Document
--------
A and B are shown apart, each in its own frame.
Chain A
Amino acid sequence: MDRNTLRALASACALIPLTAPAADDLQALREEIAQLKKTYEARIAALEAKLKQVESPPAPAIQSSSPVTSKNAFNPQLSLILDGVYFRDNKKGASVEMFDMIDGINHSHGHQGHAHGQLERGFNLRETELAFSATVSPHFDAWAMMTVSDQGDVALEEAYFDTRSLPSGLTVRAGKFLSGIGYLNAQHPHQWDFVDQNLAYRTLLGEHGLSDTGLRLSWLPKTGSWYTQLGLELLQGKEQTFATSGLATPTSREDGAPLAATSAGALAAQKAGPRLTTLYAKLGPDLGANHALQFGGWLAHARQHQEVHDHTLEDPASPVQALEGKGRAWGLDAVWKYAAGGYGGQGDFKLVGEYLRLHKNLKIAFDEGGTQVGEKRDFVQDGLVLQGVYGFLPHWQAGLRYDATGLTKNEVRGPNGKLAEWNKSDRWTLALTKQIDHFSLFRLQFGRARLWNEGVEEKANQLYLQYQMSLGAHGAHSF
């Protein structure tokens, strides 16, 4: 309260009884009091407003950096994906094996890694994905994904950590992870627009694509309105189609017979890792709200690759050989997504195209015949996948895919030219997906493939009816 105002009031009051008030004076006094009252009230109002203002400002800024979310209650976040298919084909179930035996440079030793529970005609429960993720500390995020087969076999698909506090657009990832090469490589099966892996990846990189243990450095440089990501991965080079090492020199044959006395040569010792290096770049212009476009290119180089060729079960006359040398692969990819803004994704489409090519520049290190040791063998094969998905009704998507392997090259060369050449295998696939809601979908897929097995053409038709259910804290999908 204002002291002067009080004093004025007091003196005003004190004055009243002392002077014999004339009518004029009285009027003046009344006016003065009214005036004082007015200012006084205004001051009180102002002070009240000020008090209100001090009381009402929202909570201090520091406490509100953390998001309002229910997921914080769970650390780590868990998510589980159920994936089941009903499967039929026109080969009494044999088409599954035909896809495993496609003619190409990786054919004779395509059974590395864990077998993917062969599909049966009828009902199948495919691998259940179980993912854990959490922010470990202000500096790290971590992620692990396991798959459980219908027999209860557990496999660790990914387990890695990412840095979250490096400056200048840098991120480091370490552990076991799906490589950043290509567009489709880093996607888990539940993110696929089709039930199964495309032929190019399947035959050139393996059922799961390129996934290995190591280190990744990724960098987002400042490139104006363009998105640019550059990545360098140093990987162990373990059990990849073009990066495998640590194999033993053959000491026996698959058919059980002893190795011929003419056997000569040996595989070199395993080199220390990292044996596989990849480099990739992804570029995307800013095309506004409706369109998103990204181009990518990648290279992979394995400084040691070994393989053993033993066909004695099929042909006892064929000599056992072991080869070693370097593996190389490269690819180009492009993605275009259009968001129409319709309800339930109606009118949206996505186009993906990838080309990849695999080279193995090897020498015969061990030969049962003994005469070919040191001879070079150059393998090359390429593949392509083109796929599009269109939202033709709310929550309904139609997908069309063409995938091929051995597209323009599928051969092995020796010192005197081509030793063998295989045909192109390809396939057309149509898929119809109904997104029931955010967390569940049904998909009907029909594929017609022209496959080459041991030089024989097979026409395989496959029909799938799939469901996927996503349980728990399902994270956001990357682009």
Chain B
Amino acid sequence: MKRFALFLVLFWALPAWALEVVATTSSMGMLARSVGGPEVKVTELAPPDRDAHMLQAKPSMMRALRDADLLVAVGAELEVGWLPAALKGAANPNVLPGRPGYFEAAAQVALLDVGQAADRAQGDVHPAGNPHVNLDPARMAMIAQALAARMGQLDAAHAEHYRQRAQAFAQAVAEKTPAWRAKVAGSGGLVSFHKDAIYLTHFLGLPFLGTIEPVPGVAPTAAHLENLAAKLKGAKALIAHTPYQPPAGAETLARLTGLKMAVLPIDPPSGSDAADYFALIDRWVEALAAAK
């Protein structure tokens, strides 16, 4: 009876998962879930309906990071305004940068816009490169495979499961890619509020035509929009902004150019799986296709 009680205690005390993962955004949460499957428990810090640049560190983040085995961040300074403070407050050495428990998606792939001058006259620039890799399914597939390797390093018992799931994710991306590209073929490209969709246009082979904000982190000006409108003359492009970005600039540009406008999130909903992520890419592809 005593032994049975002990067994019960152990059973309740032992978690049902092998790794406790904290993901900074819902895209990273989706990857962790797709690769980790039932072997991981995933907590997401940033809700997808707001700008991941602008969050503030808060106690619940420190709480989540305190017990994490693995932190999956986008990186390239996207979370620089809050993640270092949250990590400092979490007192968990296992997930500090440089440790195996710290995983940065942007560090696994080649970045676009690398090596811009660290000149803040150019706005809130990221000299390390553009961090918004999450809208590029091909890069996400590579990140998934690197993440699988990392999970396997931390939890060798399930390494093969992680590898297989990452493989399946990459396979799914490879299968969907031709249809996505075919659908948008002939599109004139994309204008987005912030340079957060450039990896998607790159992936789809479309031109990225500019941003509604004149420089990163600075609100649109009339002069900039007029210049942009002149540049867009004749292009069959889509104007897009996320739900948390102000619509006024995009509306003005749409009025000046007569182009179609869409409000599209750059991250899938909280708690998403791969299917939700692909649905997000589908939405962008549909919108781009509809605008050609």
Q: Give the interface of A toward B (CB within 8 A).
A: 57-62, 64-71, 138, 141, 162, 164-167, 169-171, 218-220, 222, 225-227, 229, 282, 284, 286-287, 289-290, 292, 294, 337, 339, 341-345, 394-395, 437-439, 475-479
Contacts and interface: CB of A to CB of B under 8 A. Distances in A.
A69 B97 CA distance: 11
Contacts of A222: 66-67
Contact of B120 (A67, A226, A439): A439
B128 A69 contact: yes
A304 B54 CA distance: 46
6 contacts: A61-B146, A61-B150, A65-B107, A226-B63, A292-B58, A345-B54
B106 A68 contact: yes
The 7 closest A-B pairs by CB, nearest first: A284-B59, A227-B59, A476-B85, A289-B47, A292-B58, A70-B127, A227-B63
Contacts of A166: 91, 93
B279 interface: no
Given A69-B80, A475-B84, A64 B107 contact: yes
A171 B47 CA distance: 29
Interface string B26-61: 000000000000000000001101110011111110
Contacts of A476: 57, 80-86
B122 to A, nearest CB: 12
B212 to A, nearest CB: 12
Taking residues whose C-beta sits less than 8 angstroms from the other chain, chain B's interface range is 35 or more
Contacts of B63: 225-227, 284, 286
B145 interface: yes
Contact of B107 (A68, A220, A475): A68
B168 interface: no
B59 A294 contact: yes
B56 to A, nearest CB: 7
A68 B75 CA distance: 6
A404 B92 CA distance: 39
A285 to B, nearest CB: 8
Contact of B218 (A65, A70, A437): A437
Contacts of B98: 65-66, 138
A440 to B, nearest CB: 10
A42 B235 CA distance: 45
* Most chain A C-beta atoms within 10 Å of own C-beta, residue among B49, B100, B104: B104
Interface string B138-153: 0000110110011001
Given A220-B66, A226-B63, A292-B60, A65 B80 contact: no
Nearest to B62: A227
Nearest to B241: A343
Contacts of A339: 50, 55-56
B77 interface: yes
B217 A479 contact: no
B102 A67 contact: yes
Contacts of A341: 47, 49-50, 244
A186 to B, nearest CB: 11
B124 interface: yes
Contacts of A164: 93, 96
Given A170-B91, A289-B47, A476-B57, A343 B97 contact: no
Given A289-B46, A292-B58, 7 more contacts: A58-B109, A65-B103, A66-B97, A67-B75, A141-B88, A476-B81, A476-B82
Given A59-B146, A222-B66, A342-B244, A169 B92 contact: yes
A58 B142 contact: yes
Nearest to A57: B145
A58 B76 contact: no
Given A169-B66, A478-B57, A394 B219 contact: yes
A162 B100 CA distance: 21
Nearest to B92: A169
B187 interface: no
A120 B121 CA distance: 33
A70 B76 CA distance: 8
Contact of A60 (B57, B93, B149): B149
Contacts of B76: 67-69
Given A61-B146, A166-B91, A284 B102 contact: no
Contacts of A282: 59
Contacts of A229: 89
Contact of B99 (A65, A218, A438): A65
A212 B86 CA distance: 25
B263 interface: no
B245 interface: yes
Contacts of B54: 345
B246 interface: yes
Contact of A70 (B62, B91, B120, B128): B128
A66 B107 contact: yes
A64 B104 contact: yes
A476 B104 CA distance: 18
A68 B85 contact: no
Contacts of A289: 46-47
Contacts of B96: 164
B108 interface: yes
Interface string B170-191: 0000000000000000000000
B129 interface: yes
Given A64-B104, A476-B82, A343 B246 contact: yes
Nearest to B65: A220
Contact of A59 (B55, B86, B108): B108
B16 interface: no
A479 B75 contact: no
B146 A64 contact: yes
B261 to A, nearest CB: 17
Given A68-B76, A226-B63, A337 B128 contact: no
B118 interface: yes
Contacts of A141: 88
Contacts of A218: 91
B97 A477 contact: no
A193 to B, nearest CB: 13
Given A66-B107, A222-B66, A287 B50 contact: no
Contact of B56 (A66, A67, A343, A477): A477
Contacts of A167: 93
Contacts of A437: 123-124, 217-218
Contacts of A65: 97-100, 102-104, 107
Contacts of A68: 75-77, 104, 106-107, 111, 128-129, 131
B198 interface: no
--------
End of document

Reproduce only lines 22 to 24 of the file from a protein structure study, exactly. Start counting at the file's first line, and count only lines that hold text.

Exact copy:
A171 B47 CA distance: 29
Interface string B26-61: 000000000000000000001101110011111110
Contacts of A476: 57, 80-86